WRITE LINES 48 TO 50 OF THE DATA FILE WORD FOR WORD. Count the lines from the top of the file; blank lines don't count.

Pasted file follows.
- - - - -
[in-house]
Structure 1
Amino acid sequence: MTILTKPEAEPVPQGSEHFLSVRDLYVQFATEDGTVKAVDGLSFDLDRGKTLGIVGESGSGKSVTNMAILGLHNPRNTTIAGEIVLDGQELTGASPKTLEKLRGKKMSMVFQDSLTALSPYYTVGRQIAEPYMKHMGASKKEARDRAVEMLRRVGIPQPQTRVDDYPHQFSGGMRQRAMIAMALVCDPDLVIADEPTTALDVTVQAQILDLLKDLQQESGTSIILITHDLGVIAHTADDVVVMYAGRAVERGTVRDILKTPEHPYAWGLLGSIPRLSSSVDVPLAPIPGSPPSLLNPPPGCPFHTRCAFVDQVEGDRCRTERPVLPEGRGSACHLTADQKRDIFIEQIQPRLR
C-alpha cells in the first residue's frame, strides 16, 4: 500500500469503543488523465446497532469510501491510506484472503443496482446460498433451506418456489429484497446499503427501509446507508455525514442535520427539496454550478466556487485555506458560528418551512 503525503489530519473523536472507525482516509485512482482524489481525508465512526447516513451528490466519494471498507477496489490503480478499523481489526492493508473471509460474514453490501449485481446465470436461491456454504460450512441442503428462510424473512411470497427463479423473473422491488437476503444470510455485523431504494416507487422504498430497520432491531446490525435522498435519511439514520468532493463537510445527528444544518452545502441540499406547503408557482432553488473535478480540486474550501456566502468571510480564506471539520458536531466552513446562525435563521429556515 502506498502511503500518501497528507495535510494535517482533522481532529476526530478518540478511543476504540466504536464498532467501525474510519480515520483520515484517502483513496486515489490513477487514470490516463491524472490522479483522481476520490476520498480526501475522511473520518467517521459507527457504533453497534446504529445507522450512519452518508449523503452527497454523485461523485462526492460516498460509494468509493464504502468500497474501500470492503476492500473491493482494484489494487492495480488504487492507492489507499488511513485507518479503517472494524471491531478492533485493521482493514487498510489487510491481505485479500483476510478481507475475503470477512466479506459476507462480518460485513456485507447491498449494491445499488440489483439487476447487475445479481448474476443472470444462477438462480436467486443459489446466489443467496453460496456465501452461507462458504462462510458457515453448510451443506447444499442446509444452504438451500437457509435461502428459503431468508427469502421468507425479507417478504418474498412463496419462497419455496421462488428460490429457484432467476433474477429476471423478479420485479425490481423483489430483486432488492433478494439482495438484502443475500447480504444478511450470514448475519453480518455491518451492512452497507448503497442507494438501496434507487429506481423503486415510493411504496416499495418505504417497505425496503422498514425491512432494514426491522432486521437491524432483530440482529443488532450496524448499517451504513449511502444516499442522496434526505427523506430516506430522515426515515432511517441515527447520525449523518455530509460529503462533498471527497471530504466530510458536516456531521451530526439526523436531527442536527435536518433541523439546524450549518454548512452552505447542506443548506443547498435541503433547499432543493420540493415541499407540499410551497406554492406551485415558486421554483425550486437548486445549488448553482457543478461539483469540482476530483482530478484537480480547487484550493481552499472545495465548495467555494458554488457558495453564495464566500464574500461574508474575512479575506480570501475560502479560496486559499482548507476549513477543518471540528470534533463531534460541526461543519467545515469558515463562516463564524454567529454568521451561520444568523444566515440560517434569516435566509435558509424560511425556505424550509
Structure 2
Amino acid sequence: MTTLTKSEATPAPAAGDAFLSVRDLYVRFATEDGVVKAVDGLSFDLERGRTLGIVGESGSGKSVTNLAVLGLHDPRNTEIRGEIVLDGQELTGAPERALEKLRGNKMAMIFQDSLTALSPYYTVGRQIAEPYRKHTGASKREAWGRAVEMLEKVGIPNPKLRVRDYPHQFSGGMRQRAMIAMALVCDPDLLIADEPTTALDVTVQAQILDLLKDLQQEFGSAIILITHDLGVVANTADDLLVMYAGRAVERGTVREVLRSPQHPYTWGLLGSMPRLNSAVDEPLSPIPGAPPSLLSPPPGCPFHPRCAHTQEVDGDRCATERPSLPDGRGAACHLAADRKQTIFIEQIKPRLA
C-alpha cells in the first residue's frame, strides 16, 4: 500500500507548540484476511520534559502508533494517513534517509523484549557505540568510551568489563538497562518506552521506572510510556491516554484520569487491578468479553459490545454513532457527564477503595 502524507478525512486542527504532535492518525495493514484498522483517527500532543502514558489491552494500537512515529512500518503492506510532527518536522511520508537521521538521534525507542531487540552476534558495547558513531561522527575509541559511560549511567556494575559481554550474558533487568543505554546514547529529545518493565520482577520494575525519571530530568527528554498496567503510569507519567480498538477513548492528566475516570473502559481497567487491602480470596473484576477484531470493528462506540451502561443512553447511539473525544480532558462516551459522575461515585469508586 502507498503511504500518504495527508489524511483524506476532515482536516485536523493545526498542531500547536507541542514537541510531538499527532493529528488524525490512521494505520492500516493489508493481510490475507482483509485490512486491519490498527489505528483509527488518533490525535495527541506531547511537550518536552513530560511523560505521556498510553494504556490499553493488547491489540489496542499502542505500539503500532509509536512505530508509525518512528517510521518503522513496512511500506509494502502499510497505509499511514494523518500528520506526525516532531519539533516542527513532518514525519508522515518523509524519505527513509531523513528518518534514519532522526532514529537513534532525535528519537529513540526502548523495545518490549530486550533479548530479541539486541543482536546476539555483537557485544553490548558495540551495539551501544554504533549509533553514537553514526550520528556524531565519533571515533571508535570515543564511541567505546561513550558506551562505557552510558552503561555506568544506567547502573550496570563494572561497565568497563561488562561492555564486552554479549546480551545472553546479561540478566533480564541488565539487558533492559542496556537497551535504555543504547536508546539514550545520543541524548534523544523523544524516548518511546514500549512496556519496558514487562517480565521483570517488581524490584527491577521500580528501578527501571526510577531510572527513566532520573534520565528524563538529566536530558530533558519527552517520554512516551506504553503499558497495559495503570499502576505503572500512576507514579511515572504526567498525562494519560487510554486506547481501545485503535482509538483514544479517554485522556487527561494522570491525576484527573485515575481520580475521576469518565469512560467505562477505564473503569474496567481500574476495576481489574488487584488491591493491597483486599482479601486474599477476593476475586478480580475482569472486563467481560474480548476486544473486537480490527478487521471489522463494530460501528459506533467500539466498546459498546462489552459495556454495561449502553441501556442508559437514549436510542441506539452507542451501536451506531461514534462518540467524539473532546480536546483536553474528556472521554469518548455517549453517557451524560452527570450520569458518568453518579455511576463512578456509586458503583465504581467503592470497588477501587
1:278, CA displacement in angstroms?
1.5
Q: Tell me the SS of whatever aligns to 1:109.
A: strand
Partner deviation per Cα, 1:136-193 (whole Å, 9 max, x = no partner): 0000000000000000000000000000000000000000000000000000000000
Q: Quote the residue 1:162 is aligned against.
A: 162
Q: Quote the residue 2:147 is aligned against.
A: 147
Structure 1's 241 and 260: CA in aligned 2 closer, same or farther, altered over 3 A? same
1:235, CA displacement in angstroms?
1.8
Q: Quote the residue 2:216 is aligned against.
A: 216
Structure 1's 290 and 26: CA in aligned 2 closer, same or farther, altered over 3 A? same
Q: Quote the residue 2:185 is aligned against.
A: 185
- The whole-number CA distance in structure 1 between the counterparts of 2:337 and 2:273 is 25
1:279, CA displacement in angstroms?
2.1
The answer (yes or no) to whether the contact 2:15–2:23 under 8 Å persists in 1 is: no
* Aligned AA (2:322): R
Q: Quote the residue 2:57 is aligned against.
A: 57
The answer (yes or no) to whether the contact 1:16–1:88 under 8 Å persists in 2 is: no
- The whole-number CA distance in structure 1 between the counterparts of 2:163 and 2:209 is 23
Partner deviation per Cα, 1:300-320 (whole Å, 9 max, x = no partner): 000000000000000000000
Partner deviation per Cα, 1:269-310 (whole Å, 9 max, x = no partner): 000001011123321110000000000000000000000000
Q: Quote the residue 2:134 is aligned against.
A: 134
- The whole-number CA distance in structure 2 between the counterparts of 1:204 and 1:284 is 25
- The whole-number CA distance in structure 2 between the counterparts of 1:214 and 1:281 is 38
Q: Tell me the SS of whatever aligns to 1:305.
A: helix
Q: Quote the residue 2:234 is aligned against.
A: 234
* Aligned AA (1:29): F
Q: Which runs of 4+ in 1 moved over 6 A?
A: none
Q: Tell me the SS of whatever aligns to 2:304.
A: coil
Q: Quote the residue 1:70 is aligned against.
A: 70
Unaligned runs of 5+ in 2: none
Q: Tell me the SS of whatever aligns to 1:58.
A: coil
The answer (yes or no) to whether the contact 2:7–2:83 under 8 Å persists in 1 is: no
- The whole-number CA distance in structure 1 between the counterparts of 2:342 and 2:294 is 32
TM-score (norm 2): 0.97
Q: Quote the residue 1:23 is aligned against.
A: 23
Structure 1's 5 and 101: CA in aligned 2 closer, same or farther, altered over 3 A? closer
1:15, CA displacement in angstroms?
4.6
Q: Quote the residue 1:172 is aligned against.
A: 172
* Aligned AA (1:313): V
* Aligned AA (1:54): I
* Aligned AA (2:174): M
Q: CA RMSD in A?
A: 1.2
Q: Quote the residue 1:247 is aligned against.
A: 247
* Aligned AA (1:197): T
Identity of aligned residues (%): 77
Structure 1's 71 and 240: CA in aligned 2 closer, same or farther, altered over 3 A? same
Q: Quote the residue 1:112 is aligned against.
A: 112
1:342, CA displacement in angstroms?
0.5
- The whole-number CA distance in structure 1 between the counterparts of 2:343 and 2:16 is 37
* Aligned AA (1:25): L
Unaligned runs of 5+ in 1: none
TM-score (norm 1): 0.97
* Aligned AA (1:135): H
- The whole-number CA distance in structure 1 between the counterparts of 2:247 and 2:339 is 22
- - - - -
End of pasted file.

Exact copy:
A: coil
Q: Quote the residue 1:70 is aligned against.
A: 70